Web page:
I don’t get my feelings hurt easily. With the maiden name of Bull, you grow a pretty thick skin from the get-go. Yet there are times when I am too much. I am. I run fast, I learn fast, I speak loud, and I throw ideas at the wall like a textbook innovator. I rebuke any critical spirit and always want the best in others and myself to shine through. I’ve learned to increase my question to statement ratio and I work on not interrupting people. I’m a verbal processor, so I affirm with listening skills like, “Mmmm”, “Hmmmm”, “Yes”, and “I hear you.”

In complete self-awareness, what I intend is not always what is received. As the ‘child’ of the church staff team (think of a typical family and the dynamics involved) I get my feelings hurt when I’m too much and informed to cool my jets, slow it down, told that I could be off-putting, or when I get a “shhh!” as I jump into a conversation. Yeah. I’m totally aware that I can be too much.

It’s been my experience that the Senior Pastors are historically the ‘parents’ and carry the weight of authority and responsibility of the church-staff-family. They may invite us to have a say (staff meeting=family meeting), but they have the final say for what’s going to happen in the family. Worship leaders are the ‘aunts’ and ‘uncles’. They add creativity, always sit at the adult table, and can tell the family stories through song, space, and well, they’re the other adults. Youth ministry people are considered the ‘teens’ and children’s ministry people are historically considered the ‘kids’ in the church-staff-family. Think about it. Each church-staff-family role comes with family-related responsibilities, expectations, tolerances, and nods to what is permitted as a multi-generational (no matter the age of any individual) in how the church-staff-family works.

This means children’s ministry people are typically accommodating (we’re informed what we’re doing to help and support everyone else in the church-staff-family), adaptive (we deal with what we’re told), require more set-up (ever packed up for a 3-year old for the beach or let a 10-year old pack themselves? Can’t ask a 1st grader to set up or take down tables and chairs for an event so the before and after is WAY more complicated with a greater amount of children’s ministry logistics.) We take direction, make the best of every situation (ever had the worship service end 30 minutes early/late?) and do whatever it takes thinking everything rides on our shoulders. We want everyone to be happy and enjoy the ride. Sound like kids? Yeah.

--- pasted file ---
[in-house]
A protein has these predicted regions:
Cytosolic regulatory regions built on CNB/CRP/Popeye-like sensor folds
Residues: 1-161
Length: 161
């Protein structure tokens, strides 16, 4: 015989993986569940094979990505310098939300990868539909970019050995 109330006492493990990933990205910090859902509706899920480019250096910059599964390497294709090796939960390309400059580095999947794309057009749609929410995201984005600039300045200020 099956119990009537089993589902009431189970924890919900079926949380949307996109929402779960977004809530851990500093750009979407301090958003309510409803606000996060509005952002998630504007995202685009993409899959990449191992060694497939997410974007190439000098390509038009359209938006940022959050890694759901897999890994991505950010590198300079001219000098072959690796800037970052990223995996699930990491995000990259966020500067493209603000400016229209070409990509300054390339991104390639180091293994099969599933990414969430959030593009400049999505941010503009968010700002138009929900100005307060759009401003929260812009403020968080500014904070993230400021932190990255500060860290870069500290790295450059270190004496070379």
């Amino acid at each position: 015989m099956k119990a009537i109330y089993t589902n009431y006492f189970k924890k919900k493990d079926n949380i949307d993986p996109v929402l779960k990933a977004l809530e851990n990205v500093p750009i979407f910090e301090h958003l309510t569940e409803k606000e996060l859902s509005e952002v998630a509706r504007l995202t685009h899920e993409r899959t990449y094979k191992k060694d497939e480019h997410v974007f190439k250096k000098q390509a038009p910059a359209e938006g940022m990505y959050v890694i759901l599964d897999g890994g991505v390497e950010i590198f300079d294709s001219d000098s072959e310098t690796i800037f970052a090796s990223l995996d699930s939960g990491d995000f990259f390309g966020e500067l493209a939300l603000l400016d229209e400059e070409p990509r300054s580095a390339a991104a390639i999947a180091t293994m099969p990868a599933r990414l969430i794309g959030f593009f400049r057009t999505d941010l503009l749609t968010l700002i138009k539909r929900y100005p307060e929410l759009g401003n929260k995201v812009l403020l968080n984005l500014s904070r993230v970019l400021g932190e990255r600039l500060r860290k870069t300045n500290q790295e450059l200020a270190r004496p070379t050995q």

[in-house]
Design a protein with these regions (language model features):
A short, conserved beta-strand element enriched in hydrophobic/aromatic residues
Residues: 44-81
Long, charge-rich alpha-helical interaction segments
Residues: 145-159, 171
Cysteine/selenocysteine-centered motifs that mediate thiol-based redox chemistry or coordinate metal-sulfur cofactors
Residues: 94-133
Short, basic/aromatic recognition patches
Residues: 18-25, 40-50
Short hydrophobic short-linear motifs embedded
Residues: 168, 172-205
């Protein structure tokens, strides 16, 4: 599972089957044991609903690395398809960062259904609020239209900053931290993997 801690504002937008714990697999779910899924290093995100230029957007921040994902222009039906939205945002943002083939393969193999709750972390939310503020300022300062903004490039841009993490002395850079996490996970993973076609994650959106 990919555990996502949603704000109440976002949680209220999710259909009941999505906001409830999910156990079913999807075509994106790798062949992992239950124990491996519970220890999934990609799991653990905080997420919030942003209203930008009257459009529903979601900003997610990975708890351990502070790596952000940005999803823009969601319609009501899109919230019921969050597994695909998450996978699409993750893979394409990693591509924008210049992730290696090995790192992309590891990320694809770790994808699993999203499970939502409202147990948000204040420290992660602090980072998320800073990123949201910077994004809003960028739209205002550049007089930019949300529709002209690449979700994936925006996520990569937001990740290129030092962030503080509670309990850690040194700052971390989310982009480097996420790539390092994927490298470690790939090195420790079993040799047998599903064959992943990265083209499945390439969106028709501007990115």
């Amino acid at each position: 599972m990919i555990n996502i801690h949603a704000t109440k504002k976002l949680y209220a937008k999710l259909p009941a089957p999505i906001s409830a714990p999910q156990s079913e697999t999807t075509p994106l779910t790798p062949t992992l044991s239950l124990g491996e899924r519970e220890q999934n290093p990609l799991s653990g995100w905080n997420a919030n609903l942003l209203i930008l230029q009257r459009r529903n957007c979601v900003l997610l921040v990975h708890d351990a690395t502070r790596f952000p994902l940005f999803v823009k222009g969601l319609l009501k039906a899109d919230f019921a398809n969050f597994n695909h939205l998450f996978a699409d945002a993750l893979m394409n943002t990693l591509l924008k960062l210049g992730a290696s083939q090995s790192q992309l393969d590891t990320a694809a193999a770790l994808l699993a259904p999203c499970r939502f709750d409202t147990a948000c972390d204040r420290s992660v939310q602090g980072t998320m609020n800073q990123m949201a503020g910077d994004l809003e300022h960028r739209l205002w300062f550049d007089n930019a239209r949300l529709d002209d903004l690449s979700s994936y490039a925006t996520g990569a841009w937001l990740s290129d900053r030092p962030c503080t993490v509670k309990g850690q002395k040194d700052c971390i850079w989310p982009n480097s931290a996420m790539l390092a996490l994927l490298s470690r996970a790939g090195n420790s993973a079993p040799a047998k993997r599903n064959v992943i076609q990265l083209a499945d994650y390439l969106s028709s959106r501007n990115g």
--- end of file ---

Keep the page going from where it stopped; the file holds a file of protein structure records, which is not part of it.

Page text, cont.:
I’m always at the kid’s table and I’m good with that. It offers clarity for my boundaries and responsibilities.

So what to do when I get my feelings hurt?

  • Fix a cup of tea and cry. Tears are God’s healing balm and physical release of the yuck. Even if the rebuke is prefaced with “It’s not personal…,” it is. Name it, then let it go. Thank you Lord, for tears.
  • Go with what I know and not with how I feel. I’m a beloved child of God and He is my Heavenly Father. He hears me. He knows me. He is still working on what He hopes for me. He alone is trustworthy and can handle my feelings. He has a whole book filled with stories of His faithfulness to His children who are ‘too much’. Thank you Lord, for transforming my mind and my feelings will follow. Lord, help me to live into James 1:9, “My dear brothers and sisters, take note of this: Everyone should be quick to listen, slow to speak, and slow to become angry.”
  • Keep it between me and God remembering that if I lose my joy, I lose my impact. So, I do what brings me joy: Scroll through pics of the grands. Write a note of thanks to someone on my team. Help someone. Bake a cake and deliver to a neighbor. Take a long, hot shower. Watch season 1, episode 3 of The Chosen. Stay off Facebook. Practice a period of silence. Drink water. Take a walk. Lord, no matter how I feel, do not let me sin in this.

In the wise words of Scarlett O’Hara in the classic Gone With The Wind, “Tomorrow is another day.”

“She gave this name to the Lord who spoke to her: “You are the God who sees me,” for she said, “I have now seen the One who sees me.” Genesis 16:13